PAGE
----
I Didn’t Expect to Cry Over My Kid’s Loose Tooth, But Here We Are

white wooden tooth with a drawn-on smile, wearing a crown and holding a star wand

“Say cheese!” I took my 5-year-old’s picture and zoomed in on her big, beautiful smile. It was then that I noticed a crooked little bottom tooth. I asked her to let me check on it, and sure enough, it was loose. She was so excited: “The tooth fairy is coming!” I smiled softly as she ran off, and then — I cried. 

The tears surprised no one more than me. You see, I hate mouths and teeth and tongues. Hats off to you dentists and dental hygienists. All the drool, bad breath, plaque — I do not have the stomach for it. I have been around my fair share of children with loose teeth — I’ve worked as a nanny and in elementary schools. Each time a child has proudly shown me how they can wiggle their tooth, my stomach turns as I force out an, “Oh, cool!” while trying not to gag. It sounds dramatic, but I just cannot handle loose teeth. 

I told my husband for years, even before we had kids of our own, that he would be in charge of the loose teeth in our family. Loose tooth? Dad wants to see! Tooth needs to be pulled? Go find Daddy! 

However, like many things I thought I knew before I became a parent, my own child’s loose tooth did not totally disgust me. It still wasn’t my favorite, but it did not make me nauseous when we checked to see how loose her tooth was every morning. 

The tooth came out one day as she was eating lunch. She raced to show me and we celebrated her dental milestone. I tried to hide the emotions I felt rising up as we talked about the tooth fairy’s visit to our house. I held the tooth while she rinsed her mouth out. Looking down at it in my hand, I understood why I felt so much nostalgia toward this particular little incisor.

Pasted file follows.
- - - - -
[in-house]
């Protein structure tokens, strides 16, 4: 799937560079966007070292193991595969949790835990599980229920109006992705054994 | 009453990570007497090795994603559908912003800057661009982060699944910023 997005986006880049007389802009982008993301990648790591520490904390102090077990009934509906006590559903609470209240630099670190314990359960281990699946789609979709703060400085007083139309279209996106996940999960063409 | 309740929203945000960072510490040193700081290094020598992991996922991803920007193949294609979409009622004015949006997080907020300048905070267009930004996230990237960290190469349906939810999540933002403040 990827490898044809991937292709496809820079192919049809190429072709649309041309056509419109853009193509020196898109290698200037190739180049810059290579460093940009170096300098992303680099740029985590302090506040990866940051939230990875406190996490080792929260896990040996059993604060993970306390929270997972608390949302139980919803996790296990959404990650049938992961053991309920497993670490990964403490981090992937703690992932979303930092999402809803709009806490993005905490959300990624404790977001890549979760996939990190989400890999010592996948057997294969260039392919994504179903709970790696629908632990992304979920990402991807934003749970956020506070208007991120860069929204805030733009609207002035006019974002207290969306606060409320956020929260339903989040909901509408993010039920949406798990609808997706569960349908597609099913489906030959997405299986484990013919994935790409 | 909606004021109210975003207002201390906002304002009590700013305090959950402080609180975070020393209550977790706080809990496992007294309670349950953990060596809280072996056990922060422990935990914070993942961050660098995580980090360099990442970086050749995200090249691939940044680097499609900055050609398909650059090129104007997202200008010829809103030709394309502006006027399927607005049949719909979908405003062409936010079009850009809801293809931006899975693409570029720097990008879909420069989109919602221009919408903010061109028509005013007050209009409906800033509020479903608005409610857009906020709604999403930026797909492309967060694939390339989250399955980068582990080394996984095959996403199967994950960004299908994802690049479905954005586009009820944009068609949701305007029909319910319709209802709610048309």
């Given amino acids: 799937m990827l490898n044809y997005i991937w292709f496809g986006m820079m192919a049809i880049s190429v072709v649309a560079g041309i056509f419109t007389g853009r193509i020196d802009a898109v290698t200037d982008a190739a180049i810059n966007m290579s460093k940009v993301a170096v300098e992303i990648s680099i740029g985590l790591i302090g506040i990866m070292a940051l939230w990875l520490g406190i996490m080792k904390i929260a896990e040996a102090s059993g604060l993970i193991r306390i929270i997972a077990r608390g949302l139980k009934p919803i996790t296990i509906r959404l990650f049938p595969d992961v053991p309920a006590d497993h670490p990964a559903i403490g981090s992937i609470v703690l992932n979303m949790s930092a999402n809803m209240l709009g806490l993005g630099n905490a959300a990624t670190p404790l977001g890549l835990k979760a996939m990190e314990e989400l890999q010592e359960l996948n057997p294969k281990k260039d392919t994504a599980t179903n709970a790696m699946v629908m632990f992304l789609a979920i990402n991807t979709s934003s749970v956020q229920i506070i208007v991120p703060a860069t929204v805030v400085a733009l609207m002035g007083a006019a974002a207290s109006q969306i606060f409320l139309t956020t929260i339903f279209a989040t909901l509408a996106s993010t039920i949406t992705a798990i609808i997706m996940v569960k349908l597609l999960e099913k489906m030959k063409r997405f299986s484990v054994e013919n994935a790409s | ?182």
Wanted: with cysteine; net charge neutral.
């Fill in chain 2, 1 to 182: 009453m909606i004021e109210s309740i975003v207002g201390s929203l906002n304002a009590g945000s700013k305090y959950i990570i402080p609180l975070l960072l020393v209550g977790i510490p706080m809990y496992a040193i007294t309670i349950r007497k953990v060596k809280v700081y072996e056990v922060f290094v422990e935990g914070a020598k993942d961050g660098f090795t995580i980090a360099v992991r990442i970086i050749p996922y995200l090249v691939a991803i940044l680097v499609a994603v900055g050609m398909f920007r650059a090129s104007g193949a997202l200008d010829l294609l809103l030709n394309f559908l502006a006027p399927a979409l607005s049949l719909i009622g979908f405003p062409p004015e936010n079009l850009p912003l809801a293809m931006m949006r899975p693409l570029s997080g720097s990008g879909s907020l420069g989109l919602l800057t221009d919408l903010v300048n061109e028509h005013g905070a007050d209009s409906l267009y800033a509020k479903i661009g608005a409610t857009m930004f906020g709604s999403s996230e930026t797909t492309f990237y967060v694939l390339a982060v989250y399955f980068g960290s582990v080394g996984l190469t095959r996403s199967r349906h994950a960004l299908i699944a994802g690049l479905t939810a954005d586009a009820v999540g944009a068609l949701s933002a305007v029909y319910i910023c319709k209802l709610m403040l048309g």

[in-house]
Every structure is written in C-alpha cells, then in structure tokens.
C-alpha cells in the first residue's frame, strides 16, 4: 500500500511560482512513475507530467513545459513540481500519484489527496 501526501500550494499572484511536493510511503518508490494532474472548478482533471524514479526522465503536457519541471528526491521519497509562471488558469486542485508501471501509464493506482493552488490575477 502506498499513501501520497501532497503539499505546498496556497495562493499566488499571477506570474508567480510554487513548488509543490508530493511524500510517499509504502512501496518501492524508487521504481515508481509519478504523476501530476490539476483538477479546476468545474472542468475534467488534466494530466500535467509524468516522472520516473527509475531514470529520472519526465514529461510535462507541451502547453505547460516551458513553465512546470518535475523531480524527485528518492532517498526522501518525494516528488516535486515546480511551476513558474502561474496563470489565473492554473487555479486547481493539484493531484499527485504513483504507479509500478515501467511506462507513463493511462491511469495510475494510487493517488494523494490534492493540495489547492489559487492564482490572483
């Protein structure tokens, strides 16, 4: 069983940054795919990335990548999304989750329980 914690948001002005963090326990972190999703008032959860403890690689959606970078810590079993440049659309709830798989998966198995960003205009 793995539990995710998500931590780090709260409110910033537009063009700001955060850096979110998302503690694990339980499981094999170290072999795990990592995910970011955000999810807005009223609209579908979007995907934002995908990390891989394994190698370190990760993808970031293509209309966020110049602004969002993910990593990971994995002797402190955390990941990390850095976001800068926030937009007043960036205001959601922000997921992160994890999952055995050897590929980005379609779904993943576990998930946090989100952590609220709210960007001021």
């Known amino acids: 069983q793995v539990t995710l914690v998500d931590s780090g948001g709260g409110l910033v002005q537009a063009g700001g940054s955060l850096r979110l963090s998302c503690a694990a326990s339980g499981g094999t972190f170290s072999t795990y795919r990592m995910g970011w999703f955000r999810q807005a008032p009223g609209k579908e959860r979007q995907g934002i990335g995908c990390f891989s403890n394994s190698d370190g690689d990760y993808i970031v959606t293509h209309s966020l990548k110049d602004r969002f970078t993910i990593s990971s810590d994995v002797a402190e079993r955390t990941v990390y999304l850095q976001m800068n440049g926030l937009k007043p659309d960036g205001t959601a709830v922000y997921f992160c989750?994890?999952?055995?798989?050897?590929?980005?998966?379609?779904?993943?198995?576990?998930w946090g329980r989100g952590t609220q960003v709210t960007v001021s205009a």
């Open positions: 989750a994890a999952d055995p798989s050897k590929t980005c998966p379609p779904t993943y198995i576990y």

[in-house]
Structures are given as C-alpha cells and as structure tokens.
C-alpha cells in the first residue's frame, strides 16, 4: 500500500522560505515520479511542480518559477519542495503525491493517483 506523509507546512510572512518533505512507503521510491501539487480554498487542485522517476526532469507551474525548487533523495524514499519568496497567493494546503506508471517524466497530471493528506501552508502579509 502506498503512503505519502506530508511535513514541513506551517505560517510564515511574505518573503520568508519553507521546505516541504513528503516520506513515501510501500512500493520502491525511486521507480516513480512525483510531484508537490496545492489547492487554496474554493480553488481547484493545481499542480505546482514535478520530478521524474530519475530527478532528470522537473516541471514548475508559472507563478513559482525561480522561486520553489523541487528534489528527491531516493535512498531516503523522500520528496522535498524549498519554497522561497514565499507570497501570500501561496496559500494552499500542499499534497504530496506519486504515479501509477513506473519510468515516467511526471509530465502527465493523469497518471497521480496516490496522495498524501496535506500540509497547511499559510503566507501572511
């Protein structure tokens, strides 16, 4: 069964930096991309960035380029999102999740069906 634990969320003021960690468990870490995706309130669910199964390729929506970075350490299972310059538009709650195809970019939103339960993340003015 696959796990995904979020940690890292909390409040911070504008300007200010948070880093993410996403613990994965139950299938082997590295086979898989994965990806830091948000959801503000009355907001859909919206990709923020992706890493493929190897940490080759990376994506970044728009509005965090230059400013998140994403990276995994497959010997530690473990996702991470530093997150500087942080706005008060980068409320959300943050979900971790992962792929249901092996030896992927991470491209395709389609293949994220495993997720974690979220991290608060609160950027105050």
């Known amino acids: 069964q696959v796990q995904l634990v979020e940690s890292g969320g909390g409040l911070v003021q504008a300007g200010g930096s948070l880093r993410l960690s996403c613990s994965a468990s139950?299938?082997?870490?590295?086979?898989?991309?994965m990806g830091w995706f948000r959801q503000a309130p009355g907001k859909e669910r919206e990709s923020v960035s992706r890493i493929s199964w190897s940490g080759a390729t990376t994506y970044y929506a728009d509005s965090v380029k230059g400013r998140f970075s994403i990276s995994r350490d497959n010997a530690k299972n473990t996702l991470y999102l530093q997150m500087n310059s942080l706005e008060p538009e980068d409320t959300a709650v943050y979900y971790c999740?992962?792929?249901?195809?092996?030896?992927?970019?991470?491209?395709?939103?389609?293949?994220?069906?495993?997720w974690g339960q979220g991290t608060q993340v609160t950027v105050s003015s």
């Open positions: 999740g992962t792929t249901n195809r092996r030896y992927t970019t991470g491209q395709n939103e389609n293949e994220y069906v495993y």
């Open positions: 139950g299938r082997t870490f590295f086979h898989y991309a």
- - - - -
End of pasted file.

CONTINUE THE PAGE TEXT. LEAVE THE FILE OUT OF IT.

It was the first tooth she cut as a baby.

My husband and I worked so hard to help her as that sharp tooth cut through her baby gums. We lost sleep. We bought every imaginable teething toy — gel, refrigerated, wooden, silicone, famous giraffes. When she ran a teething fever, we were ridiculed for missing a family Christmas get-together in favor of keeping her home where she was comfortable and could sleep. We gave her baby Motrin. We soothed, snuggled, and changed shirts five times a day from relentless drool. 

The tooth I was holding now had already been celebrated five years ago for its first milestone. The week it finally broke through, we took so many pictures of this pearly white surrounded by baby gums. The baby who had been so uncomfortable now smiled again, each smile showing off her new, shiny accomplishment. One by one, we would work together for each new baby tooth that grew in. 

The fact that I was now holding this same tooth was yet another sign that my baby was growing up. And it hurt. From the minute we welcome our children into this world, we are practicing the art of letting them go. Have you noticed it? 

Baby teeth aren’t meant to last forever. Just as our babies aren’t meant to stay little forever. They grow, and they hit milestones. They change, and they become their own people. Stages come, and stages go. And all the while, we cheer them through their growth, providing a stable foundation for an ever-evolving child. 

If you find yourself crying over a loose tooth, remember this: The emotions might just be deeper than a tooth. 

Shannon started following Boston Moms on social media before she even lived in the Boston area! She credits her passion for the brand to the way it served her personally before she ever contributed to it. Though Shannon moved to Boston to support her husband’s career, Boston Moms was the unexpected gift and opportunity she had no idea was waiting for her. Shannon is mom to Elizabeth (2016) and Anderson (2018). She has been married to her husband, Benjamin, since 2012. Benjamin is a filmmaker and owner of Boston production company Magnus Films. In her free time, Shannon enjoys going to the beach, browsing antique stores, hiking with her family, traveling, reading, and watching movies with her husband.